By the Power Vested in Me by the State of New York . . .

“‘We always treat our homosexual brothers and sisters with respect, dignity and love. But we just as strongly affirm that marriage is the joining of one man and one woman,’ the state’s Catholic Conference said in a statement.”   (From the Yahoo News story entitled “New York Governor Signs Law Approving Gay Marriage, 06/25/2011)

Can respect, dignity, and love be conditional?  The Catholic Church seems to think so.  And lest my Catholic friends think I’m picking on them, so does the Baptist church, the Mormon church, the Nazarene church, the Church of Christ, et. al.

But freedom of religion protects the rights of churches to be bigoted, judgmental, and small-minded.  I defend their right to believe they are morally superior to me.  (Just because they believe it, doesn’t make it so.)  But, I feel it fair to warn them that their contradictions are showing.  When you speak out of both sides of your mouth, people will eventually see your duplicity.  If the churches aren’t careful, their reputations will start to equal that of politicians or those poor abused used car salesmen.

Churches used to say what they really believed (some still do).  They used to say that gays and lesbians were going to hell.  They used to say that gays and lesbians were not allowed to be church members.  They used to liberally throw around the word “abomination” in reference to their “homosexual brothers and sisters.”  But slowly the social sand shifted and that position became seen as judgmental and unloving, especially by the younger generation.  The churches began to realize they turned more people away than they attracted by being antigay hardliners.  So they did what any political organization would do: they changed their message.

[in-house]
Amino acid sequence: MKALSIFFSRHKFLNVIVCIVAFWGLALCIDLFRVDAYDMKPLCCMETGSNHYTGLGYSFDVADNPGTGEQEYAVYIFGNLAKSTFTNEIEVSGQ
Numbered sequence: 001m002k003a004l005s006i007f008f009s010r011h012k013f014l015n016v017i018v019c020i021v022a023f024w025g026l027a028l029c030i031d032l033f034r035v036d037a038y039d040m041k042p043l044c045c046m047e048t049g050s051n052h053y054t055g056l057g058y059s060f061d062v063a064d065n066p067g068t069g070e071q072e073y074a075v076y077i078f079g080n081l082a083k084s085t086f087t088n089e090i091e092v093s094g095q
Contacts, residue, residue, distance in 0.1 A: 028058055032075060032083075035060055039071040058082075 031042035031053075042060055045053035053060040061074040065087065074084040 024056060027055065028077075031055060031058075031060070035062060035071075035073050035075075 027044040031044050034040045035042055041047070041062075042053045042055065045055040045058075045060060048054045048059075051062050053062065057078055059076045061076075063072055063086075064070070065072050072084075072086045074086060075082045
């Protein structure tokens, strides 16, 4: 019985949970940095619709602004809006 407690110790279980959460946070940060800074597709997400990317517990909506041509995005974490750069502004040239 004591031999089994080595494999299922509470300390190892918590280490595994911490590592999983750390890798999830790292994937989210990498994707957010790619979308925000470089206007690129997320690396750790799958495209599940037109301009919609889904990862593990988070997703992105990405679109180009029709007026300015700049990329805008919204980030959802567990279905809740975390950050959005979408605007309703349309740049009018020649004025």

Now, lest you misunderstand me, the message from the Catholic church at the top of the page is an immense improvement over the casting-into-a-lake-of-fire messages of yore.  But the problem with trying to balance in the middle is that the attempt to appeal to both ends of the spectrum is transparent.   As a general rule, this gets little attention.  Churches have been carefully crafting their stances for maximum impact for years.

I won’t get into the definition-of-marriage argument, the marriage-is-a-civil-institution argument, or the Solomon-had-300-wives-and-700-concubines argument.  Those have been done, and you can find them for yourselves.  The simple fact remains that if you claim to respect, dignify, and love another then you must not use your religious position to minimize that person’s equal standing in society.  As many times as the church has done that already, against Native American Indians, African-Americans, and anyone else they had an interest in keeping subordinate, you’d think we would recognize the pattern.

Oh, well.  Catholic church or no Catholic church, marriage equality exists in New York today.  Three cheers for the rule of law.

One thought on “By the Power Vested in Me by the State of New York . . .

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